Held every Spring, the Global Entrepreneurship Congress is an interdisciplinary gathering of startup champions from around the world—where entrepreneurs, investors, researchers, thought leaders and policymakers work together to help bring ideas to life, drive economic growth and expand human welfare.
The Congress provides policymakers and researchers with an environment to exchange ideas and approaches on strengthening economic growth through policies and initiatives favorable to entrepreneurs. It helps improve global collaboration and expand awareness of national campaigns to engage citizens in entrepreneurial activity as well as increase global recognition of entrepreneurs for the role they play in building economies while developing innovative solutions that improve daily life.
The Global Entrepreneurship Congress is the premier interdisciplinary gathering of startup champions from around the world.
Over the past five years, the Congress has contributed to the expansion of a global entrepreneurial ecosystem, connecting experts and entrepreneurs across borders and sectors to unleash their ideas and transform innovation into reality.
“Countries around the world are racing to build the best startup ecosystems,” said Jonathan Ortmans, chair of the Global Entrepreneurship Congress and president of Global Entrepreneurship Week. “Italy’s startup scene has started to boom and Milan is at the heart of it.”
The Milan event will officially be co-hosted by META Group, a Terni-based organization focused on advancing innovation and entrepreneurship, along with Global Entrepreneurship Week and the Ewing Marion Kauffman Foundation.
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The first GEC was hosted in Kansas City in March 2009. To support the burgeoning initiative that was Global Entrepreneurship Week, the Kauffman Foundation brought together the host organizations from nearly 60 nations to create the first-ever Global Entrepreneurship Congress at it's headquarters in Kansas City.
In 2010, the GEC convened in Dubai with Global Entrepreneurship Week champions from more than 90 countries. As the profile of the Congress continued to grow, so did the caliber of the speakers. The line-up for Dubai included Prime Minister H.E. Nika Gilauir of Georgia, Sarah Ferguson, The Duchess of York, and a number of accomplished entrepreneurs and CEOs.
Keen to show the world that it too was building a thriving entrepreneurial ecosystem, Shanghai hosted the GEC in March 2011. Global Entrepreneurship Week hosts from 100 countries were joined by more than 1,000 participants from across China to advance the promotion of entrepreneurial ecosystems. The third GEC was well attended by entrepreneurs and government factions of China. Chinese government officials, led by Yan Junqi, vice chairwoman of the standing committee of the National People’s Congress of China, as well as Wan Gang, the country’s Minister for Science and Technology and a number of other government representatives from the federal and local levels participated in the event, bolstering its profile. Also in attendance were some of China’s wealthier entrepreneurs and angel investors who had been leading the way toward new economic growth.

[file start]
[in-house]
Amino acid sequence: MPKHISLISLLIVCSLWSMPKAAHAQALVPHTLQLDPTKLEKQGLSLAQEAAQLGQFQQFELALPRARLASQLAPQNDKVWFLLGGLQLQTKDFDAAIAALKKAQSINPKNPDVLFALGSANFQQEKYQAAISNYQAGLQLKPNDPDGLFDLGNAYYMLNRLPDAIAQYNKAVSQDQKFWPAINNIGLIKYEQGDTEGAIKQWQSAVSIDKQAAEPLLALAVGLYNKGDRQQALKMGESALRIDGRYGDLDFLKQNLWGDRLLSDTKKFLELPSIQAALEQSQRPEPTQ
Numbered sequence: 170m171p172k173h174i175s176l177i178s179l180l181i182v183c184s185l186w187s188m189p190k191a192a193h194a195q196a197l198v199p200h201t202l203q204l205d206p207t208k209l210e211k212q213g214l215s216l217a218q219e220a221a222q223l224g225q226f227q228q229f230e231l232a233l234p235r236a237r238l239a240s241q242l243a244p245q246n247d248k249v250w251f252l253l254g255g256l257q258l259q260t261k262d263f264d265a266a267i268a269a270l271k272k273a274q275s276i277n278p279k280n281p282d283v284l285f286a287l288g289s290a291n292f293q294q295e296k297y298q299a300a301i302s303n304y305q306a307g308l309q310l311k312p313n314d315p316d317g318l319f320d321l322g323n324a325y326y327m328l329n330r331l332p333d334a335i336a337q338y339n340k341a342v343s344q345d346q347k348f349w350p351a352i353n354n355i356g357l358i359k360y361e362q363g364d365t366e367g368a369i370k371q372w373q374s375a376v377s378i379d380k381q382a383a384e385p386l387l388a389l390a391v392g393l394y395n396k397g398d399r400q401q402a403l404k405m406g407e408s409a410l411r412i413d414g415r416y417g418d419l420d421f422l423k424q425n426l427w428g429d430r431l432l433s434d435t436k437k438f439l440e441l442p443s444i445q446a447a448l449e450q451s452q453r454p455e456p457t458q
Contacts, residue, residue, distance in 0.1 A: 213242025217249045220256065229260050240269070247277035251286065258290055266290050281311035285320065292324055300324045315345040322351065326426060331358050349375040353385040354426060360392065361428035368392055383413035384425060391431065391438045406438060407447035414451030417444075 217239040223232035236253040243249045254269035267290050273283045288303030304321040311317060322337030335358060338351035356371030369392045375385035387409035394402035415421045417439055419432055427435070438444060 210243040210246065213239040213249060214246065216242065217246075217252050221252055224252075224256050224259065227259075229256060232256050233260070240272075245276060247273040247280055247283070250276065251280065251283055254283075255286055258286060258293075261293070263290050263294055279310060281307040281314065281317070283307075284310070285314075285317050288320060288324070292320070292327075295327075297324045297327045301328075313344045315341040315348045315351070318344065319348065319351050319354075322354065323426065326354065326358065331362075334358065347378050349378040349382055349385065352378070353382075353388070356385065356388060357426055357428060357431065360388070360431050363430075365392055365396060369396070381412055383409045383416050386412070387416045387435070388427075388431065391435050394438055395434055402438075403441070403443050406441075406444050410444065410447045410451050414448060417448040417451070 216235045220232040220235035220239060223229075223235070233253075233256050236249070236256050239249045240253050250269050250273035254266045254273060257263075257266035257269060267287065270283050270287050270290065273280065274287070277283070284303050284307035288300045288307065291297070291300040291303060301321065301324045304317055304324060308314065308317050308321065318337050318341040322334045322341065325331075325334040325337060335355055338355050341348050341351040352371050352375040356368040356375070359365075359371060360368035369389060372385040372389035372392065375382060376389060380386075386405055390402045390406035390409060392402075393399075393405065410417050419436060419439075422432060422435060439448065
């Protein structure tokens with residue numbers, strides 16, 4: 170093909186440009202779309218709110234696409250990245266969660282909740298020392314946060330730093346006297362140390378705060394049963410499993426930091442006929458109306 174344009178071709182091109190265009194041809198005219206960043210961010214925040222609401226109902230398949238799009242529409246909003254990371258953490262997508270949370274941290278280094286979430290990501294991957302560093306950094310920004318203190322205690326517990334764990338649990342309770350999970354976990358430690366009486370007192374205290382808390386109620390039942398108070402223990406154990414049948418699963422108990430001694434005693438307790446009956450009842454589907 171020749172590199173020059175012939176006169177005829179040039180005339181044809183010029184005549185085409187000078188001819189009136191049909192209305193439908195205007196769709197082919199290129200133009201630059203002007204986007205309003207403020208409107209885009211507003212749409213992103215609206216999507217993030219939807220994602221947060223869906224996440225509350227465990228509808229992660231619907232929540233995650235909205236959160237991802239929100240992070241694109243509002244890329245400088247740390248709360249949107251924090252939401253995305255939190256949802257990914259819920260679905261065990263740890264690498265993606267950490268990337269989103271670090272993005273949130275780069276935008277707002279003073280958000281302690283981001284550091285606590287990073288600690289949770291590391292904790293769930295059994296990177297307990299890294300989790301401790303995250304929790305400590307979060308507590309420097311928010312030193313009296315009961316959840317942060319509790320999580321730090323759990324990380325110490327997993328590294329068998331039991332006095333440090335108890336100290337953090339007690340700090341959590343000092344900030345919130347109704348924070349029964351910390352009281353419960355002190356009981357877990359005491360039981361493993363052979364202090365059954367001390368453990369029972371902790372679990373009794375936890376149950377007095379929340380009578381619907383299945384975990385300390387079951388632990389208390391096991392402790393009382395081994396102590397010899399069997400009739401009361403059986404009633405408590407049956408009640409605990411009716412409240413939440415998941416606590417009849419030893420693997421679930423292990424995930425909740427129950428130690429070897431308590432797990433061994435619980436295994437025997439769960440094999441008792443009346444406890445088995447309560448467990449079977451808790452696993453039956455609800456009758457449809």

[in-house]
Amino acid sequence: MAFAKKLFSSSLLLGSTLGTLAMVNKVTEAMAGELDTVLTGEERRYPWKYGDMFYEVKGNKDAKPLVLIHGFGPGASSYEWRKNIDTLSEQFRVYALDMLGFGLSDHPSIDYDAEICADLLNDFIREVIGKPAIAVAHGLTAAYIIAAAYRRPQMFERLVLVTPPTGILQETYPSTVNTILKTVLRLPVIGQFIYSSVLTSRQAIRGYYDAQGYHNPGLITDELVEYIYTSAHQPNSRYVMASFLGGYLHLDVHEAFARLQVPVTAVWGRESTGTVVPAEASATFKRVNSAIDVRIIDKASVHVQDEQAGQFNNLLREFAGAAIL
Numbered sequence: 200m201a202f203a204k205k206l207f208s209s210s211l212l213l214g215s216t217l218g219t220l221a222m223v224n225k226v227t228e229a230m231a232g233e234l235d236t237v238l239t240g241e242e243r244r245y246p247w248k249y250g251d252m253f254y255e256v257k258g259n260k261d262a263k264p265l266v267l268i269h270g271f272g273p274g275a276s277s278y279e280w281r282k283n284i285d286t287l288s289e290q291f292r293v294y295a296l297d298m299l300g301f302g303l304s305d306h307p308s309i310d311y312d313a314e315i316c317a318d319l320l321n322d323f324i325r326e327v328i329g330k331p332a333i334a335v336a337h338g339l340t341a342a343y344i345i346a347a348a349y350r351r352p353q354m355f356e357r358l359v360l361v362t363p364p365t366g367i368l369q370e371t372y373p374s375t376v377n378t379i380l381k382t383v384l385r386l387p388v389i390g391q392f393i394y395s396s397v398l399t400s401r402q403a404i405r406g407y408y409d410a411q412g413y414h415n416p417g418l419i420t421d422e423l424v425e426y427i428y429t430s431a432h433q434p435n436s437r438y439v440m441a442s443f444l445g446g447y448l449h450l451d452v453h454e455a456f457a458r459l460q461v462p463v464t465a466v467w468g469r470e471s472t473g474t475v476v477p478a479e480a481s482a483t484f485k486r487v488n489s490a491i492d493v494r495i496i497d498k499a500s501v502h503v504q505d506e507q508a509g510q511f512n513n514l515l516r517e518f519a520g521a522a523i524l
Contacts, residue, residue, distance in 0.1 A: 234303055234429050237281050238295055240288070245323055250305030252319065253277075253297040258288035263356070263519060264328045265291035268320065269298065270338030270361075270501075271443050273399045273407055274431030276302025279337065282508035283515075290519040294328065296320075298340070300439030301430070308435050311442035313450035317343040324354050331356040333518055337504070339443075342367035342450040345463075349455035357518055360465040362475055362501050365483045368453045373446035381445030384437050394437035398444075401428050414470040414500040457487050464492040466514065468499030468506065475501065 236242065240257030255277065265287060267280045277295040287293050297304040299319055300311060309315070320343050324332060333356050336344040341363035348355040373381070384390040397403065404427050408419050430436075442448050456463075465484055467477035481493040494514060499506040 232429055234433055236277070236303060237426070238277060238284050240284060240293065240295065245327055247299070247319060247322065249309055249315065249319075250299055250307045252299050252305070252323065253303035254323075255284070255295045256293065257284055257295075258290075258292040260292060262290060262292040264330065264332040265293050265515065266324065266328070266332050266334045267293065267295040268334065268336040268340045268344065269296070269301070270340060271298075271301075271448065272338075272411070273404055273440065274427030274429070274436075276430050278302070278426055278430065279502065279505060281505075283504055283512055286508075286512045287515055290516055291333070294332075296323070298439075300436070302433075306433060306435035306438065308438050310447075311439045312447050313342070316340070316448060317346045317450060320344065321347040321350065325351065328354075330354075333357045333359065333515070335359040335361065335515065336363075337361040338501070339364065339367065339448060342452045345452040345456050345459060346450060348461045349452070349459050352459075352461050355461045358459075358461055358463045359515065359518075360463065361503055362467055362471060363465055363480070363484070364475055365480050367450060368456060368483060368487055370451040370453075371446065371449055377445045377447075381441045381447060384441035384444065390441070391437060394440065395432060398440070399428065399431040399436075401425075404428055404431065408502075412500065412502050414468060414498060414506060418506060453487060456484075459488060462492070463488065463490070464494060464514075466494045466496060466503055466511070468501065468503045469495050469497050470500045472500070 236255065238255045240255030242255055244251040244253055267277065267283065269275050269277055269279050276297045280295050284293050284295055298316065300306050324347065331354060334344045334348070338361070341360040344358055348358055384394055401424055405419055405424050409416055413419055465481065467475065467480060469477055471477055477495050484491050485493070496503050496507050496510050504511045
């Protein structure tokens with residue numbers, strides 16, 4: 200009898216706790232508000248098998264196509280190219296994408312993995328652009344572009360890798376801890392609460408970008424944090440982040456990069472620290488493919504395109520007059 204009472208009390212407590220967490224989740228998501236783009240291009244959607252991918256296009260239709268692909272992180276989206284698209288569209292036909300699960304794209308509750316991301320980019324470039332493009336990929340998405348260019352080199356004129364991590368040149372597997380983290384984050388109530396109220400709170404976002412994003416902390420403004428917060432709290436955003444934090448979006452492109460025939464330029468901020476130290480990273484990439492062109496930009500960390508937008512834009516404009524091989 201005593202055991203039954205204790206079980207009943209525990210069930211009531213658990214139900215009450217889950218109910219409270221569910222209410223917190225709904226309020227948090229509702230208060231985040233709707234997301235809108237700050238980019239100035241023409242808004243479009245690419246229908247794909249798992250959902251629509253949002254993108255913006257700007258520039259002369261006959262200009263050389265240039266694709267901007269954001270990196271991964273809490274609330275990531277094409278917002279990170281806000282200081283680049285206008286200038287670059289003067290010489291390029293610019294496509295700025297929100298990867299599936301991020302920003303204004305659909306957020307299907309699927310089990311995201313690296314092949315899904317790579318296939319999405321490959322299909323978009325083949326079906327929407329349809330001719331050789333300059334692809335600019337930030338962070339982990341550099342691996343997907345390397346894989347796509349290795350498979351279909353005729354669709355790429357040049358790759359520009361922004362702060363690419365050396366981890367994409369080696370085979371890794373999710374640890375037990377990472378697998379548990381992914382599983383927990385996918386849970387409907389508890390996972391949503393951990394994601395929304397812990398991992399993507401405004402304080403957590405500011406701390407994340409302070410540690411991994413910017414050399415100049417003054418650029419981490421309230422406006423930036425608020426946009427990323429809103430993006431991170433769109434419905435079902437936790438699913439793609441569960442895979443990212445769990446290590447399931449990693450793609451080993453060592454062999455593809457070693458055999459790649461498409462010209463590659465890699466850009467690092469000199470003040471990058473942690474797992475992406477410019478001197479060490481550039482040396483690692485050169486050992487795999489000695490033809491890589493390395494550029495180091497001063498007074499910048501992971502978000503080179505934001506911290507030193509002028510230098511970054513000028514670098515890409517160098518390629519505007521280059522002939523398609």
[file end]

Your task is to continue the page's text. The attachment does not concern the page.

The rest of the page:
Liverpool hosted the fourth GEC in 2012. British titans of industry such as Richard Branson, famous for his Virgin brand empire, inspired Global Entrepreneurship Week delegates from 120 countries among a crowd of thousands. But as bright as the star power was in Liverpool, perhaps a more important shift began to occur - the international delegates were no longer populated solely by GEW hosts. The Congress began to attract participation from diverse delegations from government ministries, university researchers, the media and more.
The GEC in 2013 brought delegations from 135 countries to a week-long festival in Rio de Janeiro. New to Rio were more of the national boards that steer efforts through Global Entrepreneurship Week to build more robust entrepreneurial ecosystems in neighborhoods and cities around the world. The GEC in Rio also attracted strong fringe events including the Startup Weekend Organizers Summit and an Entrepreneurship Film Festival as well as a line-up of programs and initiatives created to help entrepreneurs. These ranged from an opportunity to learn about the Kauffman Foundation’s Ice House Entrepreneurship Program to Kauffman FastTrac, where Alana Muller presented her “Coffee Lunch Coffee” networking concept—an accessible, relevant and immediately actionable approach to help formulate a strategic mindset around networking. New to the GEC in Rio also was a policy summit, turning the focus to government policy innovations that foster more startups and faster scale-ups. Industry leaders such as Brad Feld, co-founder and mentor at TechStars; Jeff Hoffman, co-founder of Priceline.com; Mbwana Allily, founder and managing partner of Savannah Fund in sub-Saharan Africa, and many more graced to stage to inspire delegates and further the entrepreneurial conversation.
Held in Moscow, the 2014 GEC was co-hosted by Global Entrepreneurship Week, the Moscow City government and the Ewing Marion Kauffman Foundation with sponsorship from Dell and Ernst and Young. Nearly 7,000 delegates from 150 countries gathered for the largest GEC to date.
Entrepreneurship champions such as Bod Dorf, Co-Author of The Start-up Owner’s Manual, Peter Vesterbacka, the Mighty Eagle of Rovio Entertainment - the company behind Angry Birds, and Ingrid Vanderveldt, Entrepreneur in Residence at Dell, took the stage to share lessons and challenge delegates. The four days of the GEC offered an overwhelming menu of concurrent sessions on topics ranging from entrepreneurship education, to dozens of panels around specific opportunities by industry vertical, to regional sessions such as the Unleashing African Entrepreneurship organized by LIONS@FRICA.